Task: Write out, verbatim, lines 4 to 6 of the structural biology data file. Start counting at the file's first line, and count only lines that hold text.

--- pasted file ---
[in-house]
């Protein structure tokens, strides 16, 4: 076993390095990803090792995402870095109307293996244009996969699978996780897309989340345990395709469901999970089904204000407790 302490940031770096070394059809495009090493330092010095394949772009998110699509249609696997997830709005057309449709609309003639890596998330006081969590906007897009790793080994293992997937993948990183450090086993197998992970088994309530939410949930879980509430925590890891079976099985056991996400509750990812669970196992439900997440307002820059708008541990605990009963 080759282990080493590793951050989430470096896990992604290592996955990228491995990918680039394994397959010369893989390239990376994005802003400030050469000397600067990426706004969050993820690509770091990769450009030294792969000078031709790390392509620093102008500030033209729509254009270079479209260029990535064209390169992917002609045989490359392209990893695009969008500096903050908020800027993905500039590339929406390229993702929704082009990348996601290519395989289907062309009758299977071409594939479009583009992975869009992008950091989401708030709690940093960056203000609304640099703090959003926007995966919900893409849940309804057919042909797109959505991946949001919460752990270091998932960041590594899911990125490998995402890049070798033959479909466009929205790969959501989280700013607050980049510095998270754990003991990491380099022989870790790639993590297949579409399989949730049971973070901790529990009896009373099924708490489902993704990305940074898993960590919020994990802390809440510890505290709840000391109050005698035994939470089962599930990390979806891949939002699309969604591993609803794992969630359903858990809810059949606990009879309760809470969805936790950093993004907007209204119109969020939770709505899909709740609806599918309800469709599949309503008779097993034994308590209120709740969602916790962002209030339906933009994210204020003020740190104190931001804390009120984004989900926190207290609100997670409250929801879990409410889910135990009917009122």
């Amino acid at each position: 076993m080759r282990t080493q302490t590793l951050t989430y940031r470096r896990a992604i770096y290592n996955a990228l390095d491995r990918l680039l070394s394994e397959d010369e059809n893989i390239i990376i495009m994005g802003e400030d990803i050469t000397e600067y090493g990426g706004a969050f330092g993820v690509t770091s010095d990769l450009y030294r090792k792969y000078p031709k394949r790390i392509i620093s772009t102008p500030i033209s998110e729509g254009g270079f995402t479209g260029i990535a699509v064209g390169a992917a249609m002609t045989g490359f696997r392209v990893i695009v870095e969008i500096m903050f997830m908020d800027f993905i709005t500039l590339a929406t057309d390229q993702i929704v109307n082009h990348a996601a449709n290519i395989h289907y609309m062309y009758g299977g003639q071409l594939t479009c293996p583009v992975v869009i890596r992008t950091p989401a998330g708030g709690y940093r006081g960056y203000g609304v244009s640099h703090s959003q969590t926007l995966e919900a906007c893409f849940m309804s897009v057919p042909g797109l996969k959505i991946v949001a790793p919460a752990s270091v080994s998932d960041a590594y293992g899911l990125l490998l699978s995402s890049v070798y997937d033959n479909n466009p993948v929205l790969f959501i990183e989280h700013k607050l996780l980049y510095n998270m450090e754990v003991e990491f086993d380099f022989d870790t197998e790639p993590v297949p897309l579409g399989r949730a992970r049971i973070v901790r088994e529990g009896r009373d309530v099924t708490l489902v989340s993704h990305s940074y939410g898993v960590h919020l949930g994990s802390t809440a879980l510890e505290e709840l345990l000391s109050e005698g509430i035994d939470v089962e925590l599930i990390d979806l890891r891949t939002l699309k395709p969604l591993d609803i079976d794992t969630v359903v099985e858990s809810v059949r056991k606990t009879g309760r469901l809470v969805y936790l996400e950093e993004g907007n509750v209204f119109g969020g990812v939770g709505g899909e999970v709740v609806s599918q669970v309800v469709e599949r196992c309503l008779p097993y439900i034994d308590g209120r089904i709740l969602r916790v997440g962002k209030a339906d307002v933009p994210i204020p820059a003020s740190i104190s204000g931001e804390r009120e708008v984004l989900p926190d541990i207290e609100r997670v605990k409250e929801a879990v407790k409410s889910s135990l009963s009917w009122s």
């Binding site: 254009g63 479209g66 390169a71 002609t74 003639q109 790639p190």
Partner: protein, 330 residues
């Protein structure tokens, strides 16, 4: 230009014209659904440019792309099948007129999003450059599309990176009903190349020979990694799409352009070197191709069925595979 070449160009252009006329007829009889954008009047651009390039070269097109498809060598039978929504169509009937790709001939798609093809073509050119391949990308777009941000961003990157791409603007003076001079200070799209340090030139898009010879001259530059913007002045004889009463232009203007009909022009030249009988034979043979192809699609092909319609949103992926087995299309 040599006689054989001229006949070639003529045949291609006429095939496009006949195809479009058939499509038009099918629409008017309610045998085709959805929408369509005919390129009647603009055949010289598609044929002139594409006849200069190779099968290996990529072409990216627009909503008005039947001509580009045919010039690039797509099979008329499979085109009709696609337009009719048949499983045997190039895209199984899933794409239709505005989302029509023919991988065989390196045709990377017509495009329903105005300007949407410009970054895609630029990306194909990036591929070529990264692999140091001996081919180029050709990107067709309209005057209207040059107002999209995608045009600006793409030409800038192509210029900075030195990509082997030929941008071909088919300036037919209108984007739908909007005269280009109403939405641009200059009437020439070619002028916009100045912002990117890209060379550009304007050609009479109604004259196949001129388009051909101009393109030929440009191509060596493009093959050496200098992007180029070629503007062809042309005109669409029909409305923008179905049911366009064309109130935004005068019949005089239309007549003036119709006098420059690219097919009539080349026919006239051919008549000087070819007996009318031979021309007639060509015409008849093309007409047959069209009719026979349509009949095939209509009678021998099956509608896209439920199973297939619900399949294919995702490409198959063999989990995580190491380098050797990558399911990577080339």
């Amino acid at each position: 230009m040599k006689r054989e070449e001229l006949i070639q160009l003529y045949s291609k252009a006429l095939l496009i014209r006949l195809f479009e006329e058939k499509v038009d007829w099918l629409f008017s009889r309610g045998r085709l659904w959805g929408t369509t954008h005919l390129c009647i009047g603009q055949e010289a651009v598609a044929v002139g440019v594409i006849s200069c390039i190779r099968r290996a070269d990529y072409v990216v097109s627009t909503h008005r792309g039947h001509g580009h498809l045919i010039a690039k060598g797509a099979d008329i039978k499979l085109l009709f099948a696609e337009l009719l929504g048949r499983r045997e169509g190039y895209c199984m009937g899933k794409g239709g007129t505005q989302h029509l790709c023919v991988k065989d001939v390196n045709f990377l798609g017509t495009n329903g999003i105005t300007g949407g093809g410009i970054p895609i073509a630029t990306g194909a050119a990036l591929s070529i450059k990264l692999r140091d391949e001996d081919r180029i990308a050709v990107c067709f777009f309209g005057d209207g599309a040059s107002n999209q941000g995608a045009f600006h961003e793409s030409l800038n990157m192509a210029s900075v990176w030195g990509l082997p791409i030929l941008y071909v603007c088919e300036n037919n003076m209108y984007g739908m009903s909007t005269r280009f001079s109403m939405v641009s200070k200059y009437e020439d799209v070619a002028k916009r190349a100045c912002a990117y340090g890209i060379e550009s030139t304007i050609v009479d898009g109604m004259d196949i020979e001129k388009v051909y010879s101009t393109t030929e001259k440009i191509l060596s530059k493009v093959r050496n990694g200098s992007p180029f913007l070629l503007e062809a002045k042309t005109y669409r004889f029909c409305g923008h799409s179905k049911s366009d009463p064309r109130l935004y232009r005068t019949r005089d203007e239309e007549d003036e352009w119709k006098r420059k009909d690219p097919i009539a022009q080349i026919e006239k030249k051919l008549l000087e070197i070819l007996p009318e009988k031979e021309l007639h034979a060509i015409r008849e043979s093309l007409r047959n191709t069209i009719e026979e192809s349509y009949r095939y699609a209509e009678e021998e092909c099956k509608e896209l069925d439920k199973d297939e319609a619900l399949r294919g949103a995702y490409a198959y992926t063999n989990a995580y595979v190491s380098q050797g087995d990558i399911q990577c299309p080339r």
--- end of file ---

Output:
């Binding site: 254009g63 479209g66 390169a71 002609t74 003639q109 790639p190």
Partner: protein, 330 residues
């Protein structure tokens, strides 16, 4: 230009014209659904440019792309099948007129999003450059599309990176009903190349020979990694799409352009070197191709069925595979 070449160009252009006329007829009889954008009047651009390039070269097109498809060598039978929504169509009937790709001939798609093809073509050119391949990308777009941000961003990157791409603007003076001079200070799209340090030139898009010879001259530059913007002045004889009463232009203007009909022009030249009988034979043979192809699609092909319609949103992926087995299309 040599006689054989001229006949070639003529045949291609006429095939496009006949195809479009058939499509038009099918629409008017309610045998085709959805929408369509005919390129009647603009055949010289598609044929002139594409006849200069190779099968290996990529072409990216627009909503008005039947001509580009045919010039690039797509099979008329499979085109009709696609337009009719048949499983045997190039895209199984899933794409239709505005989302029509023919991988065989390196045709990377017509495009329903105005300007949407410009970054895609630029990306194909990036591929070529990264692999140091001996081919180029050709990107067709309209005057209207040059107002999209995608045009600006793409030409800038192509210029900075030195990509082997030929941008071909088919300036037919209108984007739908909007005269280009109403939405641009200059009437020439070619002028916009100045912002990117890209060379550009304007050609009479109604004259196949001129388009051909101009393109030929440009191509060596493009093959050496200098992007180029070629503007062809042309005109669409029909409305923008179905049911366009064309109130935004005068019949005089239309007549003036119709006098420059690219097919009539080349026919006239051919008549000087070819007996009318031979021309007639060509015409008849093309007409047959069209009719026979349509009949095939209509009678021998099956509608896209439920199973297939619900399949294919995702490409198959063999989990995580190491380098050797990558399911990577080339």